Welcome
Welcome

We have an exciting new feature for checking in for your appointment. You will receive a text one day before your appointment to go through and verify your data, send us a copy of your insurance card, and officially check in. The day of your appointment you will receive another text that will allow you to access a link to click the "I Have Arrived" button. This will let us know you are in our parking lot and we will either call you or text you to let you know next steps.

COVID-19 QUESTIONS: Visit these websites for the most up to date information. https://www.tn.gov/health/cedep/ncov.html OR https://www.cdc.gov/coronavirus/2019-ncov/symptoms-testing/symptoms.html 

Children & COVID-19, Frequently Asked Questions answered by Monroe Carell Jr. Children’s Hospital at Vanderbilt: When children go to school or daycare, how can we protect them from COVID-19?

Encourage students and staff to take everyday preventative actions like staying home when sick, covering coughs and sneezes, wearing masks, cleaning and disinfecting frequently touched surfaces, and washing hands often with soap and water or hand sanitizer with at least 60% alcohol. We also recommend that students and staff have symptom and temperature screening before entering the building.

High-Risk Conditions for Severe Illness from COVID-19: Chronic kidney disease COPD (Chronic obstructive pulmonary disease) Immunocompromised state (weakened immune system) from solid organ transplant Obesity (body mass index [BMI] of 30 or higher) Serious heart conditions, such as heart failure, coronary artery disease or cardiomyopathies Sickle cell disease Diabetes mellitus

Children who are medically complex, who have neurologic, genetic, metabolic conditions, or who have congenital heart disease are at higher risk for severe illness from COVID-19 than other children. The overall death rate is low among children (less than 1% of those who become ill), but the long-term consequences of the disease remain unknown. Other conditions that are less well studied but might put someone in a higher risk category can be found on the CDC website: www.cdc.gov/coronavirus/2019-ncov/need-extra-precautions/people-with-medical-conditions.html

When should children be suspected of having COVID-19?

Children should be suspected of having COVID- 19 if they have (1) fever AND cough or shortness of breath, OR (2) cough or shortness of breath and exposure to someone with COVID-19 in the last 14 days. If they had exposure to someone with COVID-19 also look out for less common symptoms like runny or stuffy nose, shortness of breath, or belly troubles like throwing up or diarrhea. Testing may or may not be needed for children with these less common symptoms.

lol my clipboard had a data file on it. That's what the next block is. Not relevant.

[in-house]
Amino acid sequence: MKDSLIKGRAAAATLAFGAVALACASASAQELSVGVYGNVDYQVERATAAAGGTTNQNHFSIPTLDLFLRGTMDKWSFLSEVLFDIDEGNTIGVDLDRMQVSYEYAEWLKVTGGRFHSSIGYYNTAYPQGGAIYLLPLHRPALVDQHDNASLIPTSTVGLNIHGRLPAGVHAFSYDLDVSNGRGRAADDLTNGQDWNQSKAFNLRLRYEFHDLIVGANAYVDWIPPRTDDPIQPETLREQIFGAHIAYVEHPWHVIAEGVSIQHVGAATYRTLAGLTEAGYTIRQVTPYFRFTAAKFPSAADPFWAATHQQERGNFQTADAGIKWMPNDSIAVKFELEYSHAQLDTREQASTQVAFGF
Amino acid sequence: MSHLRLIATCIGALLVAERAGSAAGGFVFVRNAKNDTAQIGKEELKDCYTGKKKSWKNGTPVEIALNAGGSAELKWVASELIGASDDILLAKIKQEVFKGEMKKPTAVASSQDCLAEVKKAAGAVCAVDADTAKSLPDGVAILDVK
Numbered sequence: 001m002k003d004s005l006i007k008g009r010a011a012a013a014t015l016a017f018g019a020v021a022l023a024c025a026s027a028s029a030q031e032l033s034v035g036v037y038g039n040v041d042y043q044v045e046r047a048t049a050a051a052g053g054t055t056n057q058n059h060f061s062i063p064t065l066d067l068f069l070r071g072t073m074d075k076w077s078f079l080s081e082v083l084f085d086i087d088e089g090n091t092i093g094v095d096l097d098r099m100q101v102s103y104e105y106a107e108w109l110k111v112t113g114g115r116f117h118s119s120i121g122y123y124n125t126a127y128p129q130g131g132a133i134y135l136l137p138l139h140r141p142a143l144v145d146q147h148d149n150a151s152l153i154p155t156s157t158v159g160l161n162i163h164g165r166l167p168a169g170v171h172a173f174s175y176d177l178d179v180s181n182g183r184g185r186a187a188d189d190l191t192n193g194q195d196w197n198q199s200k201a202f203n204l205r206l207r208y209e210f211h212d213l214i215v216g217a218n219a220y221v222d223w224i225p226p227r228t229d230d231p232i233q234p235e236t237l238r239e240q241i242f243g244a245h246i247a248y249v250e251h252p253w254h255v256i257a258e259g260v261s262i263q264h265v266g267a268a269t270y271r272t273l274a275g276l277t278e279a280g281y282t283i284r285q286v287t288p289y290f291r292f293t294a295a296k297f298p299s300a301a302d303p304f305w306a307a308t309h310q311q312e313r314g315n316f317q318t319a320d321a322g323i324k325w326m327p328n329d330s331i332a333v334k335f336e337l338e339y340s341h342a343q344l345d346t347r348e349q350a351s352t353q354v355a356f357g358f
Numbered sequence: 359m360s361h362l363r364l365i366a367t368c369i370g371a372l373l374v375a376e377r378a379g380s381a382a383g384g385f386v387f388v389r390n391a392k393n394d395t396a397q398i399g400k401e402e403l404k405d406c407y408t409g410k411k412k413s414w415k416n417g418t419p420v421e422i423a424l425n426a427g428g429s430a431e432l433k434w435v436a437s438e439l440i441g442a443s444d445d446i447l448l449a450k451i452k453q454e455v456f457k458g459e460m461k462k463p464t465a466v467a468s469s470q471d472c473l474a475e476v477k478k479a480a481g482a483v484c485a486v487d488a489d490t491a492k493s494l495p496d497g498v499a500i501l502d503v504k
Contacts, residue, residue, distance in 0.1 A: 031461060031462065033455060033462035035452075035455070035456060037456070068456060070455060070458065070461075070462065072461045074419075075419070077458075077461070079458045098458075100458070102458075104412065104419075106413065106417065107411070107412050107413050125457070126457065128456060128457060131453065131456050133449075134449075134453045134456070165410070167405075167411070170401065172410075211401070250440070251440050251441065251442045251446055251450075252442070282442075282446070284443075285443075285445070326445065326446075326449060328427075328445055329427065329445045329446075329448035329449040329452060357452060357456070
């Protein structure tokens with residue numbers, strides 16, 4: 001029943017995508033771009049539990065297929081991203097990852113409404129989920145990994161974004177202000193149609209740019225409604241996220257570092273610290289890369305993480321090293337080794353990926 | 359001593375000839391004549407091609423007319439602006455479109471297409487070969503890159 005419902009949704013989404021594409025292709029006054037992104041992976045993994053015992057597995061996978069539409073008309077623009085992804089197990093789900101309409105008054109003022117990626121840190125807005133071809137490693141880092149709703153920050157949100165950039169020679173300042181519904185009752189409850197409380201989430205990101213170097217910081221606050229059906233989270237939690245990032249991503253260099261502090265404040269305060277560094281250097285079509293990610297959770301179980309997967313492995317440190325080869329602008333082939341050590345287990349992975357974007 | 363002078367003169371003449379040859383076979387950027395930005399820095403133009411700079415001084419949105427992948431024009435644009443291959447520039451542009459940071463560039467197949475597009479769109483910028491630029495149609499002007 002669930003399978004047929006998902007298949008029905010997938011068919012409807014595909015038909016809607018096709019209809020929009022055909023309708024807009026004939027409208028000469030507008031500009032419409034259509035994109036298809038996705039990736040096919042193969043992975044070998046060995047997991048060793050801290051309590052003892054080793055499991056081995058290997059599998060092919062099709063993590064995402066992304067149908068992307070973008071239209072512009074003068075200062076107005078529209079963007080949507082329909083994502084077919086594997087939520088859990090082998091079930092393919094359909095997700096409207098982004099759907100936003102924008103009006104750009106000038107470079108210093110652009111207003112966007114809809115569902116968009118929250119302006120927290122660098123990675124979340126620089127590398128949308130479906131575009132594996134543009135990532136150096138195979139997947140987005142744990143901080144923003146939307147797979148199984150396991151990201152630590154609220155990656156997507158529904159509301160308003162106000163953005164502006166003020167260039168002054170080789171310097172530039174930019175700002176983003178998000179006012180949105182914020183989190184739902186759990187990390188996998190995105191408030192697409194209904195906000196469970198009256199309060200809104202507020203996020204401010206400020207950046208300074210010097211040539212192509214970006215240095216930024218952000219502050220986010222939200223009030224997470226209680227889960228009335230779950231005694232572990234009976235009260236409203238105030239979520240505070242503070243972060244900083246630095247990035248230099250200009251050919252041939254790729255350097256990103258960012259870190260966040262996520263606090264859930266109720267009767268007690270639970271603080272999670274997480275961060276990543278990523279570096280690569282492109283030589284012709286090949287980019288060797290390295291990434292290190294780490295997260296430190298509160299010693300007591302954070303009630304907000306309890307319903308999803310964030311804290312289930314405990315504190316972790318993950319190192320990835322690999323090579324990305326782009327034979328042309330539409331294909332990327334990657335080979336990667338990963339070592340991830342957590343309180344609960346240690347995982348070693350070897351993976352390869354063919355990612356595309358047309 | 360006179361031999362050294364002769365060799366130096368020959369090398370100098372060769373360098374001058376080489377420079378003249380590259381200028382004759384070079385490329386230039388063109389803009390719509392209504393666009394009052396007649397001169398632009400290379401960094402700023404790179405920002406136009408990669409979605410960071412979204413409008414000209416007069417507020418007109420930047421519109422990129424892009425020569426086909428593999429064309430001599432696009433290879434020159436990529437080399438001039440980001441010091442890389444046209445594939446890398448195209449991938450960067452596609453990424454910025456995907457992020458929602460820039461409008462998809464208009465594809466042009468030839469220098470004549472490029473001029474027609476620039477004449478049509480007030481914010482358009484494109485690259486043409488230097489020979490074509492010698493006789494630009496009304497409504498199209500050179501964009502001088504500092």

My child tested positive for COVID-19. What should I do?

Call your pediatrician. The majority of children recover well at home. As you care for your child at home, be on the lookout for any changes in their health. Call your provider if your child gets worse, has trouble breathing or seems confused. Your goal is to help your child feel more comfortable. Keep a close eye on them, watch for any signs of serious illness and make sure they drink enough liquids. Your child should stay away from others for 10 days AND until their fever and other symptoms have been gone for at least 24 hours without taking any fever-lowering medicines. Other people in your household should also stay away from others for 14 days while monitoring for symptoms of COVID-19.

Someone at my child’s school or daycare tested positive for COVID-19. What should I do?

If your child spent more than 10 minutes in close proximity (within 6 feet) to the person who tested positive, their school or daycare should tell your local health department about his/her exposure. Your child should then stay at home with limited contacts with others for 14 days. Watch your child closely for signs of illness (listed below). Your child will not need to be tested for COVID-19 unless he/she starts to have symptoms. If an employer or daycare requires your child to have a COVID test, we are able to do that test for you.

If your child did not spend more than 10 minutes in close proximity to the person who tested positive, then you should watch and check carefully for signs of illness, but he/she can go back to school as usual (following all preventative measures including wearing a mask at all times).

What signs of illness should I look for in my child after someone at their school or daycare tests positive?

Check your child’s temperature at home every morning using a thermometer. If your child has a temperature of 100.4 or higher, he/she should stay home and be tested for COVID-19 if there is not another clear reason for their fever. Other symptoms to ask your child about or monitor for are cough, runny or stuffy nose, shortness of breath, or belly troubles like throwing up or diarrhea. If they have any of these symptoms, keep them home from school and consider having them tested for COVID-19. Other common reasons for cough and runny nose: Common cold/other viruses, Croup, Seasonal allergies, and Asthma.

 

 

 

 


Welcome to Harpeth Pediatrics!  Our office offers a full range of pediatric health services including sick child visits, well child exams, sports physicals, consultations, and much more. We are equipped with paperless electronic medical record technology which enables us to access your medical information at the touch of a button in order to serve you more efficiently. Our friendly office staff is experienced in caring for the pediatric population and is focused on meeting the specific needs of each individual paitent. All of our providers are Board Certified and seek to provide you with the highest quality health care available.

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